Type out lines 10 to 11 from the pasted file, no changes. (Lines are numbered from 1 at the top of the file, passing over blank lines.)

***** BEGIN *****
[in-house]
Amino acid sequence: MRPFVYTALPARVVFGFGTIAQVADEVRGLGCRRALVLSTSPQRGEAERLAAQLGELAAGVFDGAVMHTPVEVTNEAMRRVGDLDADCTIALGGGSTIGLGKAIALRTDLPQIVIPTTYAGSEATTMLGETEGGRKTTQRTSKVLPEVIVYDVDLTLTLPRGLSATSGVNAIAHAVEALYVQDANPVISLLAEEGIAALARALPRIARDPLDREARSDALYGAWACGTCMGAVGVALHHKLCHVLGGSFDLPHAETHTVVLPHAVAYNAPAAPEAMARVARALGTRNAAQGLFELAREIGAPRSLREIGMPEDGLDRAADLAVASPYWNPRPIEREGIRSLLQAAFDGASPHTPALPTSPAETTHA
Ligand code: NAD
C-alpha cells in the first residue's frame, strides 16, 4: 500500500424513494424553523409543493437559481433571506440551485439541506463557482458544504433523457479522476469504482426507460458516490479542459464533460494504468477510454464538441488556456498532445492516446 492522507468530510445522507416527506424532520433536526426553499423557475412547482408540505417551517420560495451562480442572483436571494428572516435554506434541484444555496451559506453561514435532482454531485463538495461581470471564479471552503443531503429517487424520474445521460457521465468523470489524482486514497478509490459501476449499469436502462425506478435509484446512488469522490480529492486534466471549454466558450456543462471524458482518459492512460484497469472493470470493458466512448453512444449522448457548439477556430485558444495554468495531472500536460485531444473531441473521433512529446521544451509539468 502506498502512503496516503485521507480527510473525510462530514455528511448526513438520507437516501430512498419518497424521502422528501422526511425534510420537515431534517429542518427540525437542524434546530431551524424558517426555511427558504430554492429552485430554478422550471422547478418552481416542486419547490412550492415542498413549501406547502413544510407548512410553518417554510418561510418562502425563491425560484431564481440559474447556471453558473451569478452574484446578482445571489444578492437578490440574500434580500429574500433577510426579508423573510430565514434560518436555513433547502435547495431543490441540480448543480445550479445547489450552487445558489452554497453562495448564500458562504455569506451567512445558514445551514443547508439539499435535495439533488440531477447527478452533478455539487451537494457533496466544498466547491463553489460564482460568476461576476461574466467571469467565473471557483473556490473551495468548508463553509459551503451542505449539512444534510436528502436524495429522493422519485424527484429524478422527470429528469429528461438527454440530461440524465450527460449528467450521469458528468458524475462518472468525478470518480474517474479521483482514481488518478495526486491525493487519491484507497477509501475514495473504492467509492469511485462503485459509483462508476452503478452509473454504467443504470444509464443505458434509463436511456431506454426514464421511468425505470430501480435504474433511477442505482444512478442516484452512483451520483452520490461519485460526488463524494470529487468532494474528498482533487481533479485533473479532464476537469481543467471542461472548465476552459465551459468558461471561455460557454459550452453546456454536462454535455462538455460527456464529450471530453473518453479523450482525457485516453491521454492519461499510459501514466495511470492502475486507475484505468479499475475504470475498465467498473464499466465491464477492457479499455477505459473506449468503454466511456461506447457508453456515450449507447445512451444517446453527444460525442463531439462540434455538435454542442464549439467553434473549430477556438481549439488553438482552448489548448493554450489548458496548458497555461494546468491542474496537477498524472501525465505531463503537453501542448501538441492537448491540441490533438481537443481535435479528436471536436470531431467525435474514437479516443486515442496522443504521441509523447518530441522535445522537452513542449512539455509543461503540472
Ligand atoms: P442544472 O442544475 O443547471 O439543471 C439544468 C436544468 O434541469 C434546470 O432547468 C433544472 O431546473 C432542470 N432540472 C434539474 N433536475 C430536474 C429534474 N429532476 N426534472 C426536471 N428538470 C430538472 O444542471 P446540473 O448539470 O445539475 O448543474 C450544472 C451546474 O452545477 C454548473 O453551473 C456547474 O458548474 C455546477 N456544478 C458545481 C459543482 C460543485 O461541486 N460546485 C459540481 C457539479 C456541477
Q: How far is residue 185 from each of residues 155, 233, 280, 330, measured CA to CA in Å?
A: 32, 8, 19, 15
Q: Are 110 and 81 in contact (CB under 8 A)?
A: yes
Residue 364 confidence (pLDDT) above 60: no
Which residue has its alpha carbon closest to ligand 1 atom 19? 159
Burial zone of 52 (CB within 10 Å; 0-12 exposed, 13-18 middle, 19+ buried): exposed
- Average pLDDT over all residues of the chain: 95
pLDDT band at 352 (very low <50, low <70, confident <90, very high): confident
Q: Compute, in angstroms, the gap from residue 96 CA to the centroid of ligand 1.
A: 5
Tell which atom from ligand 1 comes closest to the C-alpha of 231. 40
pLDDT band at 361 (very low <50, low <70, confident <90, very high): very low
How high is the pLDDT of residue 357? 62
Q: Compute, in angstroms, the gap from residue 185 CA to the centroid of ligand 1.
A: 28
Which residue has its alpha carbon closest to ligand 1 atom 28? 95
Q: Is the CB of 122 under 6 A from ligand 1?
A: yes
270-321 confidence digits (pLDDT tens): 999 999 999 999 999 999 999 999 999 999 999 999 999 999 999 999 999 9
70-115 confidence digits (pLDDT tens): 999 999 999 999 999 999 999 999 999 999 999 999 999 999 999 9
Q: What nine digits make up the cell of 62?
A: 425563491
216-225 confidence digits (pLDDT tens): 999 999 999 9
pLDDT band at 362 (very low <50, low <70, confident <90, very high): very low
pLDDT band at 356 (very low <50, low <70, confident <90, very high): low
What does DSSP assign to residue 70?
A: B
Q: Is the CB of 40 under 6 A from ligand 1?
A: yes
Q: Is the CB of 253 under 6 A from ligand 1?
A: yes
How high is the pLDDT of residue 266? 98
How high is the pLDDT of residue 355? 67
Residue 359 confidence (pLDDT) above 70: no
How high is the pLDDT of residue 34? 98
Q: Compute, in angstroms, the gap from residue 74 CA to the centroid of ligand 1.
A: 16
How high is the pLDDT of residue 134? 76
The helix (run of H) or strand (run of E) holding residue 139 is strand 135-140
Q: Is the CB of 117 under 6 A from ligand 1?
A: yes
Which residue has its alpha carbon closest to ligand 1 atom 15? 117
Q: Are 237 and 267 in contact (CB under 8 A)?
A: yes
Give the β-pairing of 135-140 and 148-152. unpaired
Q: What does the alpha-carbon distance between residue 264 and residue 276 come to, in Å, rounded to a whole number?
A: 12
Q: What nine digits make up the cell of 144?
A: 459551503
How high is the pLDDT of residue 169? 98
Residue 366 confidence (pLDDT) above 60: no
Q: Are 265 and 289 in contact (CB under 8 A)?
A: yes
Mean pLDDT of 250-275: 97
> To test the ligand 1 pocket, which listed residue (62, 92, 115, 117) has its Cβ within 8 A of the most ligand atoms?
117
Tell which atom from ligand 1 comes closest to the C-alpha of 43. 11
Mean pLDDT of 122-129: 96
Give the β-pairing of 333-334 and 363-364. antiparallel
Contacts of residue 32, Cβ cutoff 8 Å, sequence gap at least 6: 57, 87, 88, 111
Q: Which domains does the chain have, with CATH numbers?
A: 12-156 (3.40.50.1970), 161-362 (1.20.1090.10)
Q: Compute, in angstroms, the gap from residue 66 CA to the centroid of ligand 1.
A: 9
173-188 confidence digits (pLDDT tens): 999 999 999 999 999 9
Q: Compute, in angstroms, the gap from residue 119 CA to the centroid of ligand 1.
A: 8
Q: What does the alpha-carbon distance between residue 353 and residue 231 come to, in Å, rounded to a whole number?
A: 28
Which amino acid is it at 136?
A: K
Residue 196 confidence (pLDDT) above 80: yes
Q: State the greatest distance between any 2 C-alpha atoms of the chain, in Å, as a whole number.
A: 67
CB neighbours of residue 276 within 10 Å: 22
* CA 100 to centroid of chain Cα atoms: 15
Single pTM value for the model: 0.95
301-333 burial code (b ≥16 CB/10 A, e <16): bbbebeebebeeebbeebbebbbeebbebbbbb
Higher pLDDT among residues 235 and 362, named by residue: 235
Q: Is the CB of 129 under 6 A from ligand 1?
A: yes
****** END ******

Residue 364 confidence (pLDDT) above 60: no
Which residue has its alpha carbon closest to ligand 1 atom 19? 159